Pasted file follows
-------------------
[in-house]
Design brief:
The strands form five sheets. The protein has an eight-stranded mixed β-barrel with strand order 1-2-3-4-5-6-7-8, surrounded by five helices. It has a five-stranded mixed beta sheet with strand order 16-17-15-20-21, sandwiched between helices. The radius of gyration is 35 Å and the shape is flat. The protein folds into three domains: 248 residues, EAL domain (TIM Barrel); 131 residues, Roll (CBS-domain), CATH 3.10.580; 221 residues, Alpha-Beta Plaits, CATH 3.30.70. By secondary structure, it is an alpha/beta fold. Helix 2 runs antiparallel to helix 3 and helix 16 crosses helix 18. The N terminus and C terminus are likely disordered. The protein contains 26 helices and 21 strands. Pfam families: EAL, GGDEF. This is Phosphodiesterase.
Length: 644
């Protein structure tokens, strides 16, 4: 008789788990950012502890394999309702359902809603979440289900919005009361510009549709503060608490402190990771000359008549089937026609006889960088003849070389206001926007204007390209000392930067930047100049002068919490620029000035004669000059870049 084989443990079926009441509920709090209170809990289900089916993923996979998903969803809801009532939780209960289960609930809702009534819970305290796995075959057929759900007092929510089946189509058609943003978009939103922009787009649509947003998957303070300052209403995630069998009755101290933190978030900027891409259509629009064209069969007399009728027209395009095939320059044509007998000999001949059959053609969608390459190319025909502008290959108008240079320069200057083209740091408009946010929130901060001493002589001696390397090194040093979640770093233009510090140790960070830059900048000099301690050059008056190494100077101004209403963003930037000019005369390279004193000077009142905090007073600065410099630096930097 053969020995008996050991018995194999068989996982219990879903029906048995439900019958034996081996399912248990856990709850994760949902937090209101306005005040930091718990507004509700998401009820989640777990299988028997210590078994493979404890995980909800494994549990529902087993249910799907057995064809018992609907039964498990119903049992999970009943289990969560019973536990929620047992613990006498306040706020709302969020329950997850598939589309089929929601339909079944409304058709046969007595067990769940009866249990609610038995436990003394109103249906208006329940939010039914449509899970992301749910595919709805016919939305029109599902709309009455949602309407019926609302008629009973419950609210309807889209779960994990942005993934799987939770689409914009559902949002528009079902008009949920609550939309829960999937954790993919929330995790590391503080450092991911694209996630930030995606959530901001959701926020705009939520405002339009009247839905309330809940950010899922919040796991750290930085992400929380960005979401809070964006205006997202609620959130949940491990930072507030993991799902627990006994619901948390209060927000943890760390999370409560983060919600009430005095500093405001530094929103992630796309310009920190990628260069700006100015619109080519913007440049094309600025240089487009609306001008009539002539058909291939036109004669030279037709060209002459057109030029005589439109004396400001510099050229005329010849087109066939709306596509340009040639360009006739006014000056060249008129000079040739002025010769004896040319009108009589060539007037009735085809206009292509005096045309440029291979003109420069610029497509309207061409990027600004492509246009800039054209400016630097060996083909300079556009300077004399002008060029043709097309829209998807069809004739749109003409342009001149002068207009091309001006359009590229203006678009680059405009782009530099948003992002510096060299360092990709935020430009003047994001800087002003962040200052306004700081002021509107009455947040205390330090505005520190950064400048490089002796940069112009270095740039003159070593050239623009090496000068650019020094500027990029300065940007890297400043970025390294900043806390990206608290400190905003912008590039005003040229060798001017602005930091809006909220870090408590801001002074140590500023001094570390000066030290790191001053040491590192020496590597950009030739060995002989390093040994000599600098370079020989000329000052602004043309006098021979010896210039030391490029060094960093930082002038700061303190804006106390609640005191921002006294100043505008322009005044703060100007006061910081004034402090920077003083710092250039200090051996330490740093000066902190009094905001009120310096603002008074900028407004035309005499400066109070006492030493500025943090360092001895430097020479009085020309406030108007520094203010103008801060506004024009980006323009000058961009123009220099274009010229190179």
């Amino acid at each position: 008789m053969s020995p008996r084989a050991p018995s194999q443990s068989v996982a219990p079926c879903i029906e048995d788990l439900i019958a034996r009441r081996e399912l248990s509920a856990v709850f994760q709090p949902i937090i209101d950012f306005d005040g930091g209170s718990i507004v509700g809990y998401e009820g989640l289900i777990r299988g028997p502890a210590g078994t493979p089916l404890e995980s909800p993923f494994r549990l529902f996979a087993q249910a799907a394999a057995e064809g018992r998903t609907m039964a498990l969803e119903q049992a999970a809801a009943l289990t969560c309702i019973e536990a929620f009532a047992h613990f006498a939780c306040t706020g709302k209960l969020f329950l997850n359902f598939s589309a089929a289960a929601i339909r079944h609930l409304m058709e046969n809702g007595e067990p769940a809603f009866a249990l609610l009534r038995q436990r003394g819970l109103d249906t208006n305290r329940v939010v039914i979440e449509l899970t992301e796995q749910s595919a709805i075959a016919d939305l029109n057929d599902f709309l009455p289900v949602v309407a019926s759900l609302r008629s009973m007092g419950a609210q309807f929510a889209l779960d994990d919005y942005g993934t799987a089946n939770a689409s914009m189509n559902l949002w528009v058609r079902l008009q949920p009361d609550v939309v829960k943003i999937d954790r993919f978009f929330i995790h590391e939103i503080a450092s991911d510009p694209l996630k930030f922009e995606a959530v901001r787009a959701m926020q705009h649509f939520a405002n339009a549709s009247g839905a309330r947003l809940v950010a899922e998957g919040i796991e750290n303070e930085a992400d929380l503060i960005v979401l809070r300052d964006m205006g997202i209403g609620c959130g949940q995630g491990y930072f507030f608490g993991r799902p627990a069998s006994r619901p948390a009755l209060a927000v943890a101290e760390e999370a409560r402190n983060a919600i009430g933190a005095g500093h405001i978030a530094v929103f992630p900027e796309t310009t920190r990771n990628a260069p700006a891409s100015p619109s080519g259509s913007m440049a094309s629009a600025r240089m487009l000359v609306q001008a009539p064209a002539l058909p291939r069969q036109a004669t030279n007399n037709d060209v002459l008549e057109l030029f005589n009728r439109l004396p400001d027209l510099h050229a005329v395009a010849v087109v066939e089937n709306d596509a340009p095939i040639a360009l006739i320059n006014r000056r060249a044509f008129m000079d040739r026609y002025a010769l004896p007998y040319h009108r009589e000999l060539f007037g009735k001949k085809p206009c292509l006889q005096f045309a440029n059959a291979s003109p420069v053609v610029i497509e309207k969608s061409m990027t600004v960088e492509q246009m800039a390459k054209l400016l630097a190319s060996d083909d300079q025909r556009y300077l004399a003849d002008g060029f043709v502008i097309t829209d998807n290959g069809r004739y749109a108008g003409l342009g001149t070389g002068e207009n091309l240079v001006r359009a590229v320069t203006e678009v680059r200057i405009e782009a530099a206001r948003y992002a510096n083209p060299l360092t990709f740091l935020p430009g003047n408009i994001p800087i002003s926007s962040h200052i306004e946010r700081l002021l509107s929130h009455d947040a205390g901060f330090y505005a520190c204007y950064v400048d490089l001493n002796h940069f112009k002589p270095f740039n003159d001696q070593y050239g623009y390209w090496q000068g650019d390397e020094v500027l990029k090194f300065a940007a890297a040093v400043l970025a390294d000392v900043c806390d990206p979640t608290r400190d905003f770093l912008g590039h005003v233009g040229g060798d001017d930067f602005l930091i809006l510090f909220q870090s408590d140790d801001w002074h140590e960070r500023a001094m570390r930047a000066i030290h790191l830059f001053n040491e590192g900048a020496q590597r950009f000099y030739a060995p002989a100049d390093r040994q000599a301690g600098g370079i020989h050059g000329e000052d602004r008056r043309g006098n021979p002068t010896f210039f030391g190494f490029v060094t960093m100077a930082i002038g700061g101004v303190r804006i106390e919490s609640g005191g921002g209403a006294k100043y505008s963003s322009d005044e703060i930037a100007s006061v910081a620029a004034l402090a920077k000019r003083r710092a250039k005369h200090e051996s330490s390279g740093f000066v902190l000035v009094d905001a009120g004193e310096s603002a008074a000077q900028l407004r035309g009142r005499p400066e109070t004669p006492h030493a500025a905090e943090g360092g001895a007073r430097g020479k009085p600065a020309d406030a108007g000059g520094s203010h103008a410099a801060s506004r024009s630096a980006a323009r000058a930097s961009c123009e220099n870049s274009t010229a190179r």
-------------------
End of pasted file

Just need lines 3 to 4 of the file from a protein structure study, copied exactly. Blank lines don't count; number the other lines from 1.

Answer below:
The strands form five sheets. The protein has an eight-stranded mixed β-barrel with strand order 1-2-3-4-5-6-7-8, surrounded by five helices. It has a five-stranded mixed beta sheet with strand order 16-17-15-20-21, sandwiched between helices. The radius of gyration is 35 Å and the shape is flat. The protein folds into three domains: 248 residues, EAL domain (TIM Barrel); 131 residues, Roll (CBS-domain), CATH 3.10.580; 221 residues, Alpha-Beta Plaits, CATH 3.30.70. By secondary structure, it is an alpha/beta fold. Helix 2 runs antiparallel to helix 3 and helix 16 crosses helix 18. The N terminus and C terminus are likely disordered. The protein contains 26 helices and 21 strands. Pfam families: EAL, GGDEF. This is Phosphodiesterase.
Length: 644